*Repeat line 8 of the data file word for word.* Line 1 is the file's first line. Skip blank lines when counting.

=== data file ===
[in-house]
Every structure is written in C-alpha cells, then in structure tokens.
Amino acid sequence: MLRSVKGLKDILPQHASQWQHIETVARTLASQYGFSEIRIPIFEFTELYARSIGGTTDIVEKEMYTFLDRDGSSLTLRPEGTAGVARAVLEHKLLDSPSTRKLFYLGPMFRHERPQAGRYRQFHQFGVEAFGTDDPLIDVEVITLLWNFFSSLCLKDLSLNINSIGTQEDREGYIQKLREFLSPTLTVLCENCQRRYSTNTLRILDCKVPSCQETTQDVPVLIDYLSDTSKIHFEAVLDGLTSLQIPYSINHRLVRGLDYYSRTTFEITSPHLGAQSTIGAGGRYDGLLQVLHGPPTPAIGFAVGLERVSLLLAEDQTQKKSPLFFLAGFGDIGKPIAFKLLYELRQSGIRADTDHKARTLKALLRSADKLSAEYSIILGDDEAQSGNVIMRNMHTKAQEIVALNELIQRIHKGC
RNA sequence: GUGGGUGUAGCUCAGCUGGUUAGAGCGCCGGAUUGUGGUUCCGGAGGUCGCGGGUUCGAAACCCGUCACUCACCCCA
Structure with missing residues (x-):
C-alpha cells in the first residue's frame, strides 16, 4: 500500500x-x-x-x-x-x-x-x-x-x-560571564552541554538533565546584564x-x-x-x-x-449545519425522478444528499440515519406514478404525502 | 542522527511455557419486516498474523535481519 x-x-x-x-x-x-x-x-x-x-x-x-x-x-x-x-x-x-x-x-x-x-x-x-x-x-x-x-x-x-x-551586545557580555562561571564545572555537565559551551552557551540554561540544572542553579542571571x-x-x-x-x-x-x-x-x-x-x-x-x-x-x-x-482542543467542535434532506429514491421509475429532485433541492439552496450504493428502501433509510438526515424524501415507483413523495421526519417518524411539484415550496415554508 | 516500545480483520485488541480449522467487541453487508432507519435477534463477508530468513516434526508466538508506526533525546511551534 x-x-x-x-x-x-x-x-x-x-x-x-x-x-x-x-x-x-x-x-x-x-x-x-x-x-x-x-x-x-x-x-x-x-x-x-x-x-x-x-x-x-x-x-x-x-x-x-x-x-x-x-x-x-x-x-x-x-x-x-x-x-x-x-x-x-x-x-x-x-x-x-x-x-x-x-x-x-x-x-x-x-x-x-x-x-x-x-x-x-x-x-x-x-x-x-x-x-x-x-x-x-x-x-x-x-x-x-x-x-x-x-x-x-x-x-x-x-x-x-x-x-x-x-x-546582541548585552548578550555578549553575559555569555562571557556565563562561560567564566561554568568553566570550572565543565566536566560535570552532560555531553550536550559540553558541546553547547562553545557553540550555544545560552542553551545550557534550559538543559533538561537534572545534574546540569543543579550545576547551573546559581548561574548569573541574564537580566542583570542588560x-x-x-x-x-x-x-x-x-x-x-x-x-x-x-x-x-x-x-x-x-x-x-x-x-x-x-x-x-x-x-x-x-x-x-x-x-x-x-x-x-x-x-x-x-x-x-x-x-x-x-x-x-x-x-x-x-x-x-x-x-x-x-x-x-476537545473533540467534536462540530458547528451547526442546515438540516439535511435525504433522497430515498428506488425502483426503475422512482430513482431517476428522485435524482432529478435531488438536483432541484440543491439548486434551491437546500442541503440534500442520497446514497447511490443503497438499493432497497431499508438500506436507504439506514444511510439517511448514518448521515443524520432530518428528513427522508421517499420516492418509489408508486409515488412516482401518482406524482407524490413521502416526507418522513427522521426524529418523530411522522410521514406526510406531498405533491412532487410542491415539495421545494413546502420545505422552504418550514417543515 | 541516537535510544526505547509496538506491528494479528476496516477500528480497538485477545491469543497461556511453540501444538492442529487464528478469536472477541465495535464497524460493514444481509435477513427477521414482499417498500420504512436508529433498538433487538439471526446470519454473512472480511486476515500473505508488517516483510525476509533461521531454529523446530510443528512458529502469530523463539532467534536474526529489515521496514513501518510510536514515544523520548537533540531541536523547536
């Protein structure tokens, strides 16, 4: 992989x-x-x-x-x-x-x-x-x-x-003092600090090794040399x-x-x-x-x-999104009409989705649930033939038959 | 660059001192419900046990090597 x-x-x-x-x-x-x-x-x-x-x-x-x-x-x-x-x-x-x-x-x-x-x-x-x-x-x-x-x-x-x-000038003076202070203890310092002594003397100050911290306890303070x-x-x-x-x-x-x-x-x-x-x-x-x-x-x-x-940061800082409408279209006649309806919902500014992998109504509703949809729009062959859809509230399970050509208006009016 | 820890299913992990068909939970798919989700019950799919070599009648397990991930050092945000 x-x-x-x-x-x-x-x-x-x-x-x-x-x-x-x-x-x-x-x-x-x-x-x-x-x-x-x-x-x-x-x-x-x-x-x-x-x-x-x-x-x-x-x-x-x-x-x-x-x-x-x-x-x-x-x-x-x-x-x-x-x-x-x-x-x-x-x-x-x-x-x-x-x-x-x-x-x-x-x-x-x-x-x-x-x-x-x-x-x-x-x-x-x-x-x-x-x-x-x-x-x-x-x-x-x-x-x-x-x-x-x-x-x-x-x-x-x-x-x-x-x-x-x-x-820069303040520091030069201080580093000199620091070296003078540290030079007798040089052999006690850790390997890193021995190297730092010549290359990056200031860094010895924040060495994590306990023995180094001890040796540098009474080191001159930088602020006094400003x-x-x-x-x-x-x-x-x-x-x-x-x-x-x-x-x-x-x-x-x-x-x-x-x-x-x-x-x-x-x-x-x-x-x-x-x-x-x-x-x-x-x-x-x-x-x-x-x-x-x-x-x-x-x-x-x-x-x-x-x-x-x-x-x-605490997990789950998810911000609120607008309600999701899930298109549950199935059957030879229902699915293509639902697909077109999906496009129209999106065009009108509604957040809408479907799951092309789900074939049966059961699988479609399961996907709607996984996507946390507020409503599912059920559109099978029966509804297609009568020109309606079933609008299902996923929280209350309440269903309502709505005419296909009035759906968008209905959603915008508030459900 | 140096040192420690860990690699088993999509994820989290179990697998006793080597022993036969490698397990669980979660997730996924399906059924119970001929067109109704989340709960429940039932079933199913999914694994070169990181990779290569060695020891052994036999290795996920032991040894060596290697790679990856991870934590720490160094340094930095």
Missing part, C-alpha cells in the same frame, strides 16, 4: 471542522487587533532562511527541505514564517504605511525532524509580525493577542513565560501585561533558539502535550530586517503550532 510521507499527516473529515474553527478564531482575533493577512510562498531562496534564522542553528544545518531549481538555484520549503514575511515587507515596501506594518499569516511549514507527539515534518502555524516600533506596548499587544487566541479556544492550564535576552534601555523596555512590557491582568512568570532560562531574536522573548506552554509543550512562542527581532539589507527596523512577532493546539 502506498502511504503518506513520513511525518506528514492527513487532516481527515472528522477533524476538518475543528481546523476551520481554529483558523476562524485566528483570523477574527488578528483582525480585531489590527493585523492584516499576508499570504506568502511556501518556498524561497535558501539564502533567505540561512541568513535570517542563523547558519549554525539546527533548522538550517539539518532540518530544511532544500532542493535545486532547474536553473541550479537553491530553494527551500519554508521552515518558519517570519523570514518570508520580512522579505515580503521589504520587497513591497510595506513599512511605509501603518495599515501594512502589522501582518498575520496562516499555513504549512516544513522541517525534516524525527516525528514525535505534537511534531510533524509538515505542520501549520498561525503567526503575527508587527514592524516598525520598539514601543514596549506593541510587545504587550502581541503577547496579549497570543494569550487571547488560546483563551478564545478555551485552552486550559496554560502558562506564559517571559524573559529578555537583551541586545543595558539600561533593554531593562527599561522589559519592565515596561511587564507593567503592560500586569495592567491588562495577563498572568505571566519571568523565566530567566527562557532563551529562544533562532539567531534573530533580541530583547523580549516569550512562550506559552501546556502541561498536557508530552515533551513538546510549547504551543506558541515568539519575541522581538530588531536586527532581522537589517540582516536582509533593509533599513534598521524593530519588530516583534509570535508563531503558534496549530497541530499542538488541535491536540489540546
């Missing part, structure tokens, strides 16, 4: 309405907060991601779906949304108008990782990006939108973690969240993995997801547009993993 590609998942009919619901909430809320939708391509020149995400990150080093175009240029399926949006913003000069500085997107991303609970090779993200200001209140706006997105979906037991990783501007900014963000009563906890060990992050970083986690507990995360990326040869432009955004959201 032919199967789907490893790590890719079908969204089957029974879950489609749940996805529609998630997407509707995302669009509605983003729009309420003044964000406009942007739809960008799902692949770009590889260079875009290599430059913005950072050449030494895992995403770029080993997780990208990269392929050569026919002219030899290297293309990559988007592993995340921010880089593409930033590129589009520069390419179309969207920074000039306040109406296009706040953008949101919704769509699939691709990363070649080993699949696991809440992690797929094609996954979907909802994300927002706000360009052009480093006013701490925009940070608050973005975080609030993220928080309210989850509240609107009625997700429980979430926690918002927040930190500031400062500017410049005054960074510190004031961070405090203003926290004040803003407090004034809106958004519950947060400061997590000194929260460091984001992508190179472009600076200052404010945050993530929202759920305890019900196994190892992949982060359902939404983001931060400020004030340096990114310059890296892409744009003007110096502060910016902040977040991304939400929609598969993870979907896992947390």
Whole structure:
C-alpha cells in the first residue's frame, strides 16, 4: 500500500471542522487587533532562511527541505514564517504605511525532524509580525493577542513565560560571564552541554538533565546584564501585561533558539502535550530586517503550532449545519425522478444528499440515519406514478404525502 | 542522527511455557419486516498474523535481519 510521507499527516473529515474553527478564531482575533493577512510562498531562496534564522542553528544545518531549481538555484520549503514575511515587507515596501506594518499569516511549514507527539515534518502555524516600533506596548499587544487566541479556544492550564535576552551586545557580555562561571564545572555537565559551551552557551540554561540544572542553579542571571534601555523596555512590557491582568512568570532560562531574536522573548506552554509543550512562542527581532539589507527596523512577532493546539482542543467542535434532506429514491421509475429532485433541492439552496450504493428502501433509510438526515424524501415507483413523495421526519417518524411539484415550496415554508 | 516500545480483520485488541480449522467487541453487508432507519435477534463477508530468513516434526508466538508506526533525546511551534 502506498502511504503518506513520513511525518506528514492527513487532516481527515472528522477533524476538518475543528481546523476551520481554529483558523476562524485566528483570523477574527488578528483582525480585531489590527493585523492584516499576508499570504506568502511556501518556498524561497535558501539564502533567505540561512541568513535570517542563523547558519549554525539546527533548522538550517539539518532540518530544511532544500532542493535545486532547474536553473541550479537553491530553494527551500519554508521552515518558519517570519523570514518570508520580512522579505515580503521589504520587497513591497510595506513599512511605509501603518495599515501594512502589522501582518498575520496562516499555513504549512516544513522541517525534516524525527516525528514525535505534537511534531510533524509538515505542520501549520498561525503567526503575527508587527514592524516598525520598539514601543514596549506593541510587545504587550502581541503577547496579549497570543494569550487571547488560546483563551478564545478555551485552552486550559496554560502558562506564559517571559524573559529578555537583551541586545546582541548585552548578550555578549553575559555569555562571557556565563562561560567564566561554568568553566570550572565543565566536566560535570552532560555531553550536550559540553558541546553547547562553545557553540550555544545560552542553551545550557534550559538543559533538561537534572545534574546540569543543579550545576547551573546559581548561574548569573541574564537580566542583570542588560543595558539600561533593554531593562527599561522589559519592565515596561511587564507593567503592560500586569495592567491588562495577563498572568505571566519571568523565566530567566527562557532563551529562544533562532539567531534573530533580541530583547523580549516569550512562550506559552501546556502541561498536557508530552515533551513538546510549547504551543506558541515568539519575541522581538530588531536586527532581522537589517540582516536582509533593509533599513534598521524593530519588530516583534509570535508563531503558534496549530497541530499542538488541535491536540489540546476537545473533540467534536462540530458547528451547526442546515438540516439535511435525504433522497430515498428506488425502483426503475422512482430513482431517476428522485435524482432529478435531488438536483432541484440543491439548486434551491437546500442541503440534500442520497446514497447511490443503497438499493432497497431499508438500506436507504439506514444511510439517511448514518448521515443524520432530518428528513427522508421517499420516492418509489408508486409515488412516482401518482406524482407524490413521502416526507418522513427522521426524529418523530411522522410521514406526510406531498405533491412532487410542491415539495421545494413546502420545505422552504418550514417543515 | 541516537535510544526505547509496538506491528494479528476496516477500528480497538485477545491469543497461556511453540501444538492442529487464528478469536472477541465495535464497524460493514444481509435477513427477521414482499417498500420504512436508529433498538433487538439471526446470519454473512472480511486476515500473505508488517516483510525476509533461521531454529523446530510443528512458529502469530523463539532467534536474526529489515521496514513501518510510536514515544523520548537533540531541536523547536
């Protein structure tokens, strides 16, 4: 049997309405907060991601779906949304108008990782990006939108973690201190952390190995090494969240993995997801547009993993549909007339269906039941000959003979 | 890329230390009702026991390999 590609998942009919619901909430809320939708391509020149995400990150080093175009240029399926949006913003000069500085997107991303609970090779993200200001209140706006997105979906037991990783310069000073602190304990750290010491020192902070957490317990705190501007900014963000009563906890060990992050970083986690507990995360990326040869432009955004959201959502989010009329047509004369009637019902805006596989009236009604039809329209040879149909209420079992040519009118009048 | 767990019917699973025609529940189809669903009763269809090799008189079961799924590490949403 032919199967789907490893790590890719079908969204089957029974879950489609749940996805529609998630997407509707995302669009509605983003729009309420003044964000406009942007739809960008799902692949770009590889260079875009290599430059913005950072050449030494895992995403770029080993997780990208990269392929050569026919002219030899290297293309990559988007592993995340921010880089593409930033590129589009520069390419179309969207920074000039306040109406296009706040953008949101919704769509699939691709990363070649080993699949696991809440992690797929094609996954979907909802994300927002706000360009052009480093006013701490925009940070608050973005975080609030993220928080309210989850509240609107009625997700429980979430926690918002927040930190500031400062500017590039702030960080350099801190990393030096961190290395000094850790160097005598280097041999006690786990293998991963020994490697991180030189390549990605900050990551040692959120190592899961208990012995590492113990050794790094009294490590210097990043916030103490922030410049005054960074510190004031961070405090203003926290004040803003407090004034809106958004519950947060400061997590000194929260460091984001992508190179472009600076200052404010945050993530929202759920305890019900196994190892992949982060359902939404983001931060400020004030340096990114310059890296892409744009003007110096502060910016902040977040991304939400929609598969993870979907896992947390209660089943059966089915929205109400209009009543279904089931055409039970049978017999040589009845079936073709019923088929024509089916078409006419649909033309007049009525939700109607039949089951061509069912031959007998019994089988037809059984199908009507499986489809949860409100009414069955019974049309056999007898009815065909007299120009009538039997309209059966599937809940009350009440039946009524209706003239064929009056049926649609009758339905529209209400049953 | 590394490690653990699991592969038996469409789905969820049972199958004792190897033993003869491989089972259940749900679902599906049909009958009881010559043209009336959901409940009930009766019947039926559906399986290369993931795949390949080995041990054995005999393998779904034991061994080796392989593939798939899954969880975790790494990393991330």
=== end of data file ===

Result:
Missing part, C-alpha cells in the same frame, strides 16, 4: 471542522487587533532562511527541505514564517504605511525532524509580525493577542513565560501585561533558539502535550530586517503550532 510521507499527516473529515474553527478564531482575533493577512510562498531562496534564522542553528544545518531549481538555484520549503514575511515587507515596501506594518499569516511549514507527539515534518502555524516600533506596548499587544487566541479556544492550564535576552534601555523596555512590557491582568512568570532560562531574536522573548506552554509543550512562542527581532539589507527596523512577532493546539 502506498502511504503518506513520513511525518506528514492527513487532516481527515472528522477533524476538518475543528481546523476551520481554529483558523476562524485566528483570523477574527488578528483582525480585531489590527493585523492584516499576508499570504506568502511556501518556498524561497535558501539564502533567505540561512541568513535570517542563523547558519549554525539546527533548522538550517539539518532540518530544511532544500532542493535545486532547474536553473541550479537553491530553494527551500519554508521552515518558519517570519523570514518570508520580512522579505515580503521589504520587497513591497510595506513599512511605509501603518495599515501594512502589522501582518498575520496562516499555513504549512516544513522541517525534516524525527516525528514525535505534537511534531510533524509538515505542520501549520498561525503567526503575527508587527514592524516598525520598539514601543514596549506593541510587545504587550502581541503577547496579549497570543494569550487571547488560546483563551478564545478555551485552552486550559496554560502558562506564559517571559524573559529578555537583551541586545543595558539600561533593554531593562527599561522589559519592565515596561511587564507593567503592560500586569495592567491588562495577563498572568505571566519571568523565566530567566527562557532563551529562544533562532539567531534573530533580541530583547523580549516569550512562550506559552501546556502541561498536557508530552515533551513538546510549547504551543506558541515568539519575541522581538530588531536586527532581522537589517540582516536582509533593509533599513534598521524593530519588530516583534509570535508563531503558534496549530497541530499542538488541535491536540489540546